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What is a Pap test?

A Pap test (also called a Pap smear) looks for unhealthy “abnormal” cells or “pre-cancerous” cells on the cervix. To do a Pap test, a health care provider collects some cells off the cervix with a small brush. Then they send these cells to a laboratory, where they are looked at under a microscope. The Pap test can find abnormal or unhealthy cells that might be growing on the cervix. These cells could be unhealthy because they are infected with a virus called “HPV”.  Providers can do the Pap test during a pelvic exam.

What is a pelvic exam?

During a pelvic exam, a health care provider checks the reproductive and nearby organs – the uterus, vagina, ovaries, fallopian tubes, bladder, and rectum. Doctors recommend that women get regular pelvic exams. To do one, a health care provider places a tool (called a speculum) inside the vagina to hold it open. This lets them see the top part of the vagina and the cervix.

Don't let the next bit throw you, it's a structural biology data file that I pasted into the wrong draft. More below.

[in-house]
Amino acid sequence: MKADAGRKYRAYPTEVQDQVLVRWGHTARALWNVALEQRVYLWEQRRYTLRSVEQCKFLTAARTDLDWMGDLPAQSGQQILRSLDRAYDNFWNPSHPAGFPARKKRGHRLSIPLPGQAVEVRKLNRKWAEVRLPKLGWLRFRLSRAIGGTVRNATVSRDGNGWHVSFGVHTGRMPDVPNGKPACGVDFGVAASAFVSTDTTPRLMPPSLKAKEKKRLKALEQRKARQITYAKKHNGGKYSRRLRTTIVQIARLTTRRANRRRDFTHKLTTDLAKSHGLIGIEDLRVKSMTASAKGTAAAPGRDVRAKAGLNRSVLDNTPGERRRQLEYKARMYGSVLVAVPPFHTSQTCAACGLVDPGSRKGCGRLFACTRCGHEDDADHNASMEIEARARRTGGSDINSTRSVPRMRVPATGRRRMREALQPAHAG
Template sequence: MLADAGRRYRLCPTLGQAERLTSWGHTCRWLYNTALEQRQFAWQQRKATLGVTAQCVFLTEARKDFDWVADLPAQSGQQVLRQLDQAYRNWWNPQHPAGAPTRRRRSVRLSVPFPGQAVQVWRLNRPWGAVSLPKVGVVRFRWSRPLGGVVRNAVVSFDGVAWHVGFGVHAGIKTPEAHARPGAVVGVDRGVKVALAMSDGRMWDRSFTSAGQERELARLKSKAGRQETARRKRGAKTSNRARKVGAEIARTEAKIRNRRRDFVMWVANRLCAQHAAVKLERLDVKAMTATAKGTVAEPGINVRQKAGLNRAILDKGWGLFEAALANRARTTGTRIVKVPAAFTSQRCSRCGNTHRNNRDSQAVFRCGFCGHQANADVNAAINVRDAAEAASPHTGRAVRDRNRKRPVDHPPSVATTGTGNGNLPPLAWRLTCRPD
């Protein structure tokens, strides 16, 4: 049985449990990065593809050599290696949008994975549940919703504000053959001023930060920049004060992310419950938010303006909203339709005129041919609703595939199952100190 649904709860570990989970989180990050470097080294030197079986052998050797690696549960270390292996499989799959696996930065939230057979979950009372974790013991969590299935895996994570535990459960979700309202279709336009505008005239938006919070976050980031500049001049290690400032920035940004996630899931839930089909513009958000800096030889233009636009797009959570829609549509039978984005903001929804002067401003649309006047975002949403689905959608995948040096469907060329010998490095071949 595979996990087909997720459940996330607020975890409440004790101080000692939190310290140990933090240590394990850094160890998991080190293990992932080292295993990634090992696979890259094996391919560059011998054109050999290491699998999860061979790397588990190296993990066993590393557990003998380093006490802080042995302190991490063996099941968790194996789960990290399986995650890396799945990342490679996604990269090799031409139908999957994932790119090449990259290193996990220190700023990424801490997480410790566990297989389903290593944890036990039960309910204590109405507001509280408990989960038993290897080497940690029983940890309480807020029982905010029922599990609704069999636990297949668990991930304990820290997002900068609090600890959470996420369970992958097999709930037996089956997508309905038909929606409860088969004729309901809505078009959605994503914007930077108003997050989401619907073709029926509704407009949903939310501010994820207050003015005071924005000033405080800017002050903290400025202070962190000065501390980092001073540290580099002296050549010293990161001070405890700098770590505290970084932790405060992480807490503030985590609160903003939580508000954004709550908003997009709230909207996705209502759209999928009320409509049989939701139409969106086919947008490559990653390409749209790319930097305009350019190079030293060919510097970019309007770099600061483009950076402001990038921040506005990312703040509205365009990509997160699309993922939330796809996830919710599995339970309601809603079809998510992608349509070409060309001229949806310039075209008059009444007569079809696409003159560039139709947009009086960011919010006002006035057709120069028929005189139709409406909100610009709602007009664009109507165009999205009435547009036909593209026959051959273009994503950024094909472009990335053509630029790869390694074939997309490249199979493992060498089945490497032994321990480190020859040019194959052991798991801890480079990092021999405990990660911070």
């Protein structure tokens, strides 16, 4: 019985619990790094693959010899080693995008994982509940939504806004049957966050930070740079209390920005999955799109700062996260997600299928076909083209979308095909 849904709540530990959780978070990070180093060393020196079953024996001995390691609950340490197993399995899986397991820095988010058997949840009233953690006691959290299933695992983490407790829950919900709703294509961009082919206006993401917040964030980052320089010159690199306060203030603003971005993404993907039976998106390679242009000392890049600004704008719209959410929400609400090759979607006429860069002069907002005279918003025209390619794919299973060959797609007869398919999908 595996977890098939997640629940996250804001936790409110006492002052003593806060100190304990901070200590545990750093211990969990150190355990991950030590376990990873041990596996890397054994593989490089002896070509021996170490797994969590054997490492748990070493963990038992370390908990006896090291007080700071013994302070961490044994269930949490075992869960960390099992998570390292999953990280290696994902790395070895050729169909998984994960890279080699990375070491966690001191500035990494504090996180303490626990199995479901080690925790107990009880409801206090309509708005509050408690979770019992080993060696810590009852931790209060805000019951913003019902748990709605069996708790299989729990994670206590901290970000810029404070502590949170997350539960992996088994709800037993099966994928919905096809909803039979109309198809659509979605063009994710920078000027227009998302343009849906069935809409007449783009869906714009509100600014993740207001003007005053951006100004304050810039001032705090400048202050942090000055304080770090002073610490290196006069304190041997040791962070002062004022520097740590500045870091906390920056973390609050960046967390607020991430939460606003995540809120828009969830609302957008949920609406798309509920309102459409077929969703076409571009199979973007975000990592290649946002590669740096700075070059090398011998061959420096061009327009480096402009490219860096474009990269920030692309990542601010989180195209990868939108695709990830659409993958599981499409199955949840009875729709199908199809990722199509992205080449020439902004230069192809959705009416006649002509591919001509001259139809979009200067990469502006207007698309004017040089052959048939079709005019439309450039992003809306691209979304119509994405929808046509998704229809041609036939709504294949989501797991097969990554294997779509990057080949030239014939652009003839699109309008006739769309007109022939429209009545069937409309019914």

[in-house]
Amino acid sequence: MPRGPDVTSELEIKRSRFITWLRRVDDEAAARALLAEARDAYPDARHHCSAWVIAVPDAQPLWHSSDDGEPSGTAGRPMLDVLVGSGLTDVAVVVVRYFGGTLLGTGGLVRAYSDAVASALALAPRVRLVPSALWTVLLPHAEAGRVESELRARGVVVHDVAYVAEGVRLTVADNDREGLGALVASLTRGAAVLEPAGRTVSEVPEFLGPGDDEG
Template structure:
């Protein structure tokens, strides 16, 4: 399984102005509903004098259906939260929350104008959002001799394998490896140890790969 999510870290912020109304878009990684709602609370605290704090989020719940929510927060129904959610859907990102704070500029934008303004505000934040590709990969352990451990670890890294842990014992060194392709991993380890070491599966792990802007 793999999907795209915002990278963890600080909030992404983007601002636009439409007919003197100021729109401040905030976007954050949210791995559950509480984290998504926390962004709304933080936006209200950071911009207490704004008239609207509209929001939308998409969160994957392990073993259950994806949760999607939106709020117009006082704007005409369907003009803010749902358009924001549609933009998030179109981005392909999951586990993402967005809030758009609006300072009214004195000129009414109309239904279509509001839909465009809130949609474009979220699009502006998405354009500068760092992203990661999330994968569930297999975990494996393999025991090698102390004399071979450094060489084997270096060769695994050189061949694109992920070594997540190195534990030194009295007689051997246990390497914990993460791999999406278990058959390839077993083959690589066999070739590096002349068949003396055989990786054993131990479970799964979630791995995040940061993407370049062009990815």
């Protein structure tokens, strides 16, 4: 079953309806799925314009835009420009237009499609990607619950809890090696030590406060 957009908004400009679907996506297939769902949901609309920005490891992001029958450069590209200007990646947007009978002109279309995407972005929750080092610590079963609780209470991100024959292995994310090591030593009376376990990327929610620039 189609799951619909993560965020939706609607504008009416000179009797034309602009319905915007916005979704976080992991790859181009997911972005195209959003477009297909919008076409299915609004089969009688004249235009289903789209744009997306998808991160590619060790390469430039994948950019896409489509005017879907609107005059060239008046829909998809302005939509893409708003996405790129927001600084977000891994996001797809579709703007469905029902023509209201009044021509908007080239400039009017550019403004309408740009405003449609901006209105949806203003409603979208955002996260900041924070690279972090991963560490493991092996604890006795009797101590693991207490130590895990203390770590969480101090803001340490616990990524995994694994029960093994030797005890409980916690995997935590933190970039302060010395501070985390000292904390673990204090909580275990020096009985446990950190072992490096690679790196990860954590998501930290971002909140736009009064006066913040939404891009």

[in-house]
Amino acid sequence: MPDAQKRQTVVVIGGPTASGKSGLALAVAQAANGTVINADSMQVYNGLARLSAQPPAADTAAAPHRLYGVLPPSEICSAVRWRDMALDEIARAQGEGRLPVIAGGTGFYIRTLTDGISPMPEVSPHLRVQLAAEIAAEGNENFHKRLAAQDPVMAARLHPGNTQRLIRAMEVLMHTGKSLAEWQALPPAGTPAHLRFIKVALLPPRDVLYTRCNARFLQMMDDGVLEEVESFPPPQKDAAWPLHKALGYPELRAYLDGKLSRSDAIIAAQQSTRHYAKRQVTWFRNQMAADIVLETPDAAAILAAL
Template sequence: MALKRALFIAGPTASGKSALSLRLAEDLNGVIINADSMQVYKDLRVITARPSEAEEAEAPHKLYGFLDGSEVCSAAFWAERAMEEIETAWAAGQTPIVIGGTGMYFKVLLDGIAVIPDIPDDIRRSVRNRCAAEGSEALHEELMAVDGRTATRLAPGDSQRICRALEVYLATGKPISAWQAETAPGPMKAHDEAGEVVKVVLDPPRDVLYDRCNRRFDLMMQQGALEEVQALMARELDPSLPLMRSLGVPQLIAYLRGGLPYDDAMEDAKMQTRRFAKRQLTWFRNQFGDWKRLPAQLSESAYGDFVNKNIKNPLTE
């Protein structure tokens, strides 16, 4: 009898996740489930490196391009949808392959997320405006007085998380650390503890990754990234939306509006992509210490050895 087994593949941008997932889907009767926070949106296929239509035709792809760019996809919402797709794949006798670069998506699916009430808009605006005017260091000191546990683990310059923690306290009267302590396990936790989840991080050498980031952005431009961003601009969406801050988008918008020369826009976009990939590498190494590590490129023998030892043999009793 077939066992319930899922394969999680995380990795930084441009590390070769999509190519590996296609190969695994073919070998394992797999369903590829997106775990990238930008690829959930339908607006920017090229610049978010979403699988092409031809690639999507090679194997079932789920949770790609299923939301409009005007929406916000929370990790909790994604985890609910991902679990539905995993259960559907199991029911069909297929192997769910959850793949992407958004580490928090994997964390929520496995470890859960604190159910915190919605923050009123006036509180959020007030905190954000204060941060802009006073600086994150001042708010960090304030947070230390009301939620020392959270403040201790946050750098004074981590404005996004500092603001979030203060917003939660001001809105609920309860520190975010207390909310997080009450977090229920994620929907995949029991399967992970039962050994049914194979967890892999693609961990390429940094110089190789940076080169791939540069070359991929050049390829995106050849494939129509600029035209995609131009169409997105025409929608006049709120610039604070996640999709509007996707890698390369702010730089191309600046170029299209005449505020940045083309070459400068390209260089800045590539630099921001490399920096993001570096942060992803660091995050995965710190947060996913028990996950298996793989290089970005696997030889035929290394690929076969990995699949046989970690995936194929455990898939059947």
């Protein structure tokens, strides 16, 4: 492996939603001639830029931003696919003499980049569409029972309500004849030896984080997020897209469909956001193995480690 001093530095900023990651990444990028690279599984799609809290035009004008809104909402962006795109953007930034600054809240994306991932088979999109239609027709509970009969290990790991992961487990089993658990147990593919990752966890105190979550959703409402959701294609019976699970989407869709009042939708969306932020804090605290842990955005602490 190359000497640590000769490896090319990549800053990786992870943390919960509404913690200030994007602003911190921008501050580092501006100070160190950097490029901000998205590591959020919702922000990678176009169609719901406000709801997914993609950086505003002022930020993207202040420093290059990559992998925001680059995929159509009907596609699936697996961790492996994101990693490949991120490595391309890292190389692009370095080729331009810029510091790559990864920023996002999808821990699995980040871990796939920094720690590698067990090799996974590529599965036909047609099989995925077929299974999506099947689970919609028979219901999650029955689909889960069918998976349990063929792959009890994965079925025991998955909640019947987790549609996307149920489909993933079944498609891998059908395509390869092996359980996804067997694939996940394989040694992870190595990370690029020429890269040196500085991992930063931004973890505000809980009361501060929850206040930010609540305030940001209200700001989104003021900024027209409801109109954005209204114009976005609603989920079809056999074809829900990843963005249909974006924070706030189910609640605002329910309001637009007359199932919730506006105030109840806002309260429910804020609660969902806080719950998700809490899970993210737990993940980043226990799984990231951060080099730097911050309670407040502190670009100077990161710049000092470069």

When should a woman get a Pap test?

How often you should get a Pap test depends on your age and health history. Here are some general recommendations for when a woman should get a Pap test:

  • Women ages 21-29 should get a Pap test every three years.
  • Women ages 30-65 should get a Pap test every five years along with an HPV test (co-testing). Women ages 30-65 can instead get just a Pap test every three years.
  • Women ages 66 and older can stop having cervical cancer screening. They should do this if they had normal Pap test results in the past 5 years and are not at high risk for cervical cancer.